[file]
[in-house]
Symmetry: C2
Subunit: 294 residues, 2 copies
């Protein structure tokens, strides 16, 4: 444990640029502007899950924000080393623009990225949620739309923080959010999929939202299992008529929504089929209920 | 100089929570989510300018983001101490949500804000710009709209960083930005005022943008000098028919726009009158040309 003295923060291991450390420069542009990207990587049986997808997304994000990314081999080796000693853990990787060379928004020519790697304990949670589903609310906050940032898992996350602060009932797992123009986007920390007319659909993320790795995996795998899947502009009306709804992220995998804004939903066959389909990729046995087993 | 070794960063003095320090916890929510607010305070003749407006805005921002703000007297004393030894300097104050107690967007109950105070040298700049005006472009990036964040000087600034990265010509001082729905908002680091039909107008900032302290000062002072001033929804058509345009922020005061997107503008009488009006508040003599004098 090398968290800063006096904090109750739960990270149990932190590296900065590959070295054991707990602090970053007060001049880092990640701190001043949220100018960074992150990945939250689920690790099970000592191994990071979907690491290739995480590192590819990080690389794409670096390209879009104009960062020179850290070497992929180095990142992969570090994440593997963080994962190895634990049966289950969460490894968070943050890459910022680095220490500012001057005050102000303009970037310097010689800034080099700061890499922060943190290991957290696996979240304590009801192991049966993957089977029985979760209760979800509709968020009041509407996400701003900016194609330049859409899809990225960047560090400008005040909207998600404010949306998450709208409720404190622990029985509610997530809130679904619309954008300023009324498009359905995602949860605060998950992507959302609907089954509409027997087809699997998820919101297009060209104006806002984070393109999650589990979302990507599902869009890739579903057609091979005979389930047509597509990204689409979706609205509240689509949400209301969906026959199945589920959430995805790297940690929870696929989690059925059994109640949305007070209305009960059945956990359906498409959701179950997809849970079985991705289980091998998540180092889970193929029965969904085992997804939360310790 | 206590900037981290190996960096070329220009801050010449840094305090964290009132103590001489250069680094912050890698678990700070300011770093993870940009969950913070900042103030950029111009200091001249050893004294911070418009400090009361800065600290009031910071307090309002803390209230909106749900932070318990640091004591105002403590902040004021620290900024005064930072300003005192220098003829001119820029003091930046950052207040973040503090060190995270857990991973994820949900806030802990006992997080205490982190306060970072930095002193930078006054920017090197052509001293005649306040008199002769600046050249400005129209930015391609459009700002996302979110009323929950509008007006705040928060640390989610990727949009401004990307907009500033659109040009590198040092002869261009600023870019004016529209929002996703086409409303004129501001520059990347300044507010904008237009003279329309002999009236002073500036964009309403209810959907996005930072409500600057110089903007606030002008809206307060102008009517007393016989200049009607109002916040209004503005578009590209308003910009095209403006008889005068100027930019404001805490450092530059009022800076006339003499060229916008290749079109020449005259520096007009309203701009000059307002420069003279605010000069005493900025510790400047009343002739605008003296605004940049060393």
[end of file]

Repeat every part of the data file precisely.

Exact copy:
[in-house]
Symmetry: C2
Subunit: 294 residues, 2 copies
């Protein structure tokens, strides 16, 4: 444990640029502007899950924000080393623009990225949620739309923080959010999929939202299992008529929504089929209920 | 100089929570989510300018983001101490949500804000710009709209960083930005005022943008000098028919726009009158040309 003295923060291991450390420069542009990207990587049986997808997304994000990314081999080796000693853990990787060379928004020519790697304990949670589903609310906050940032898992996350602060009932797992123009986007920390007319659909993320790795995996795998899947502009009306709804992220995998804004939903066959389909990729046995087993 | 070794960063003095320090916890929510607010305070003749407006805005921002703000007297004393030894300097104050107690967007109950105070040298700049005006472009990036964040000087600034990265010509001082729905908002680091039909107008900032302290000062002072001033929804058509345009922020005061997107503008009488009006508040003599004098 090398968290800063006096904090109750739960990270149990932190590296900065590959070295054991707990602090970053007060001049880092990640701190001043949220100018960074992150990945939250689920690790099970000592191994990071979907690491290739995480590192590819990080690389794409670096390209879009104009960062020179850290070497992929180095990142992969570090994440593997963080994962190895634990049966289950969460490894968070943050890459910022680095220490500012001057005050102000303009970037310097010689800034080099700061890499922060943190290991957290696996979240304590009801192991049966993957089977029985979760209760979800509709968020009041509407996400701003900016194609330049859409899809990225960047560090400008005040909207998600404010949306998450709208409720404190622990029985509610997530809130679904619309954008300023009324498009359905995602949860605060998950992507959302609907089954509409027997087809699997998820919101297009060209104006806002984070393109999650589990979302990507599902869009890739579903057609091979005979389930047509597509990204689409979706609205509240689509949400209301969906026959199945589920959430995805790297940690929870696929989690059925059994109640949305007070209305009960059945956990359906498409959701179950997809849970079985991705289980091998998540180092889970193929029965969904085992997804939360310790 | 206590900037981290190996960096070329220009801050010449840094305090964290009132103590001489250069680094912050890698678990700070300011770093993870940009969950913070900042103030950029111009200091001249050893004294911070418009400090009361800065600290009031910071307090309002803390209230909106749900932070318990640091004591105002403590902040004021620290900024005064930072300003005192220098003829001119820029003091930046950052207040973040503090060190995270857990991973994820949900806030802990006992997080205490982190306060970072930095002193930078006054920017090197052509001293005649306040008199002769600046050249400005129209930015391609459009700002996302979110009323929950509008007006705040928060640390989610990727949009401004990307907009500033659109040009590198040092002869261009600023870019004016529209929002996703086409409303004129501001520059990347300044507010904008237009003279329309002999009236002073500036964009309403209810959907996005930072409500600057110089903007606030002008809206307060102008009517007393016989200049009607109002916040209004503005578009590209308003910009095209403006008889005068100027930019404001805490450092530059009022800076006339003499060229916008290749079109020449005259520096007009309203701009000059307002420069003279605010000069005493900025510790400047009343002739605008003296605004940049060393």